So this year, I decided to give up on making resolutions altogether. Instead, I devised my own system to help me lead a life that’s in keeping with my values. I call it my Intentionality Dashboard.

I created the dashboard because I’d found that it was hard to stick to goals like “eat healthier” or “exercise more” on their own; to make these kinds of changes, I needed a specific plan of action. And as Dilbert creator Scott Adams explains on his blog, we’re actually much more likely to succeed in changing our habits when we use systems instead of goals. After all, goals tend to be somewhat constricted—say, “lose 10 pounds” or “beat my marathon record”—when it...

The Top 10 Reasons People Are Denied a Security Clearance

In 2016, the Defense Office of Hearing and Appeals held 1,142 security clearance appeals hearings. They made decisions on security clearance eligibility, placement into public trust positions and Common Access Card denials. If you are denied a security clearance or your security clearance is revoked due to adverse information that has been discovered or self-reported, you have the right to appeal the decision before DOHA. A study of the cases and their outcomes offers a good chance to see the trends in security clearance denials, and what issues are likely to cause issues in your own background investigation.

Among the things you discover if you study DOHA cases for very long: Many cases look very similar and the primary issues remain the same from year to year. Here’s an overview of the top 10 issues that appeared before the board in 2016:

Adjudicative Guideline (2015/2016)                       

Guideline F: Financial Considerations (499/864)

Guideline E: Personal Conduct (225/257)

Guideline H: Drug Involvement (122/102)

Guideline B: Foreign Influence (87/78)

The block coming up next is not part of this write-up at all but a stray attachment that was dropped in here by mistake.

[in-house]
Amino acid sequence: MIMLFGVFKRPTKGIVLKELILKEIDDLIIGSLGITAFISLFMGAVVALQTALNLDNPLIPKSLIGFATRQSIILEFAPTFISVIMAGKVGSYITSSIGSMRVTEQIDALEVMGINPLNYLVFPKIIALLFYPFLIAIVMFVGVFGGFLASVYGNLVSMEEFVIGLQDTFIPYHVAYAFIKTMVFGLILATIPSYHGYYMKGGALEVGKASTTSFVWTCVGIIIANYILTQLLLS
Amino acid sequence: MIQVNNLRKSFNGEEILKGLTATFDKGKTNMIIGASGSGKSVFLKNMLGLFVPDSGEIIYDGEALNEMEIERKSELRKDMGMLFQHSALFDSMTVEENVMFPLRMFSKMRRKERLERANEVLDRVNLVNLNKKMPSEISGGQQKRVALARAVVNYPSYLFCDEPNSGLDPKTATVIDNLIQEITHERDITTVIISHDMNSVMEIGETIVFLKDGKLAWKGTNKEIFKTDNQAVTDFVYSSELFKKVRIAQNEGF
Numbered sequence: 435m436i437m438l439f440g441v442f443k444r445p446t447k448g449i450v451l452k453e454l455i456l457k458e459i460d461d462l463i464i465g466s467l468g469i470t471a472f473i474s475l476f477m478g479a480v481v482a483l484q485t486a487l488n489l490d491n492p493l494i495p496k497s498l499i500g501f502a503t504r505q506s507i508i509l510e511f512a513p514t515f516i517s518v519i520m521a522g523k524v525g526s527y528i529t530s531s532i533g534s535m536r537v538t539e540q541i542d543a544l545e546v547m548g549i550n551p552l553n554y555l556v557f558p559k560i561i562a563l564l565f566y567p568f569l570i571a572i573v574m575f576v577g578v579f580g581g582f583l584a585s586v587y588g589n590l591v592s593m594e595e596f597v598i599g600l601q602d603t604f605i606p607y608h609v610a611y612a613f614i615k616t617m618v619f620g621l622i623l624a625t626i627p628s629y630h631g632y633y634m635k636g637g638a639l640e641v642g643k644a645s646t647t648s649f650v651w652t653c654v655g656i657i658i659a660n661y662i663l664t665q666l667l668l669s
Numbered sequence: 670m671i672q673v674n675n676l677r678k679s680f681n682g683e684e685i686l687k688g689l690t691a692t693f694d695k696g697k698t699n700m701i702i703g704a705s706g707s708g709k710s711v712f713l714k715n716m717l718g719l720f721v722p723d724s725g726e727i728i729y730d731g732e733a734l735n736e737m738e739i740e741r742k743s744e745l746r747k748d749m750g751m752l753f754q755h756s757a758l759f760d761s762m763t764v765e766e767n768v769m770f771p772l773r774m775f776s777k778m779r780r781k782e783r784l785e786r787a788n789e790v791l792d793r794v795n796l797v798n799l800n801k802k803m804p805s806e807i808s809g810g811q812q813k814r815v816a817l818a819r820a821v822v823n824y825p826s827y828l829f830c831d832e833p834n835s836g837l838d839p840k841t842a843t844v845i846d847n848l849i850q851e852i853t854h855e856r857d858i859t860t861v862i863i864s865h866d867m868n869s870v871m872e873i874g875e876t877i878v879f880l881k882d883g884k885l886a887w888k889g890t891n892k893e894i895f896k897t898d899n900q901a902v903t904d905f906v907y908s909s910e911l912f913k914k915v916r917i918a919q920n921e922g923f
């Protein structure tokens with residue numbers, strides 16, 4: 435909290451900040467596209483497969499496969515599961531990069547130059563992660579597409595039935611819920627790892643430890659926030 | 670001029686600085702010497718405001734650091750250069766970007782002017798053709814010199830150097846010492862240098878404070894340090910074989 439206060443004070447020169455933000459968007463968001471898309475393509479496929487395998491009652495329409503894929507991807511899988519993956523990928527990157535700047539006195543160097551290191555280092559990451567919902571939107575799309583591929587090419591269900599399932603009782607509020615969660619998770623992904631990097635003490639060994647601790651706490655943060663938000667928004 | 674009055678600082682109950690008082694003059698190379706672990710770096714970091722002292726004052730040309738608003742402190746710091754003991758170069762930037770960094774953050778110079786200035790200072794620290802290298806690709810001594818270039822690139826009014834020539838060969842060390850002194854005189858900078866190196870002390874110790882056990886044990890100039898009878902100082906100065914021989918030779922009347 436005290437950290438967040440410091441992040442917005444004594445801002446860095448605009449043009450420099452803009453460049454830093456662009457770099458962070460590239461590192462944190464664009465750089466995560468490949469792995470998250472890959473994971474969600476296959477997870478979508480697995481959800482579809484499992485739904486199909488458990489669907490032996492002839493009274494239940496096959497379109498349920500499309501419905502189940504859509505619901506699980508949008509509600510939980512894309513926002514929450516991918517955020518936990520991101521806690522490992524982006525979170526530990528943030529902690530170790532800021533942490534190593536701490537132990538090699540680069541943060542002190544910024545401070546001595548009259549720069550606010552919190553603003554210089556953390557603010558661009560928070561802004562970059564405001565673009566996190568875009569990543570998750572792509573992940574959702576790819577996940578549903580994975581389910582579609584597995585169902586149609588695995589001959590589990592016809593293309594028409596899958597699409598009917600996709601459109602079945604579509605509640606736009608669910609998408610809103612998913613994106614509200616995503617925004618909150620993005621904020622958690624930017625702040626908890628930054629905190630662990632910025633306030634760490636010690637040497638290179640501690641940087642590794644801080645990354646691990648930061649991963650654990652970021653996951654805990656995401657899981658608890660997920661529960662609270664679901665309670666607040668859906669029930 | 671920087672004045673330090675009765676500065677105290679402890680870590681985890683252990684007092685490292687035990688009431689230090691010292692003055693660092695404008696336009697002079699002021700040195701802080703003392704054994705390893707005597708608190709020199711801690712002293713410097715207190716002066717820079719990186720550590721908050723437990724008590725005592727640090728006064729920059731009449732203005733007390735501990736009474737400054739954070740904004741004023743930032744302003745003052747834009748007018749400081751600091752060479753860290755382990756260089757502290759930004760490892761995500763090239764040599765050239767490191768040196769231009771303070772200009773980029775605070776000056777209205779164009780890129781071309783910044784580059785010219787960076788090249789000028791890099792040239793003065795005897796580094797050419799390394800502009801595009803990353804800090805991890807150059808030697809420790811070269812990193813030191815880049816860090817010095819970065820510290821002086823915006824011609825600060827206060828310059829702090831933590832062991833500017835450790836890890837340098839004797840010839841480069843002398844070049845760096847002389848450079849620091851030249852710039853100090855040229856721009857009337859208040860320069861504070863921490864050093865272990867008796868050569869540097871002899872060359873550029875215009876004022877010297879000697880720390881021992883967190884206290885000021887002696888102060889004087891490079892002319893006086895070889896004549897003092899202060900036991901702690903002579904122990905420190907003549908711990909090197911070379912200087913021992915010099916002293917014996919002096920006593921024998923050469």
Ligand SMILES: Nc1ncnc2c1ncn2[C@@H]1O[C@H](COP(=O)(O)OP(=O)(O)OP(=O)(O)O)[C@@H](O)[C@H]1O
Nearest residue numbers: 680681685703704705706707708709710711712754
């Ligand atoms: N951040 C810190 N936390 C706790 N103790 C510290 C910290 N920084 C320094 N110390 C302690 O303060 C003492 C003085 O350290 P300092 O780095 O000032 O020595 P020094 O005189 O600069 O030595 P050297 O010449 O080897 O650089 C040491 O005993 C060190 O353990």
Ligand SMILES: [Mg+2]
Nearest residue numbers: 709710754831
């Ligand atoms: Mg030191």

Guideline J: Criminal Conduct (70/61)

Guideline G: Alcohol Consumption (59/47)

Guideline C: Foreign Preference (41/45)

Guideline K: Handling Protected Information (8/16)

Guideline M: Use...

How to Deal With a New Boss

Adjusting to a new boss is never easy. It’s a lot harder when the new guy has spent years vilifying your last boss, and smear the work of you and your colleagues.

Yet that’s the predicament facing about 50 holdovers from the Obama administration who will be working for Donald Trump starting today after he becomes the 45th president of the United States. Most of them are in essential State Department and national security positions (paywall).

Most of them expect to be replaced in the coming weeks and months. But if they want a healthy working relationship with Trump, they would be wise to follow some basic principles that all employees can use when adjusting to a new manager.

  • Get off on the right foot. First impressions matter, and you want to make a good one. Be welcoming and look for common ground that might help break the ice
  • Be empathetic. You new boss will have lots to learn, and will need help getting up speed. Try to anticipate what will make their job easier. Karen Dillon, the former editor of the Harvard Business Review, recalled that when she was a new boss, one of the new employees...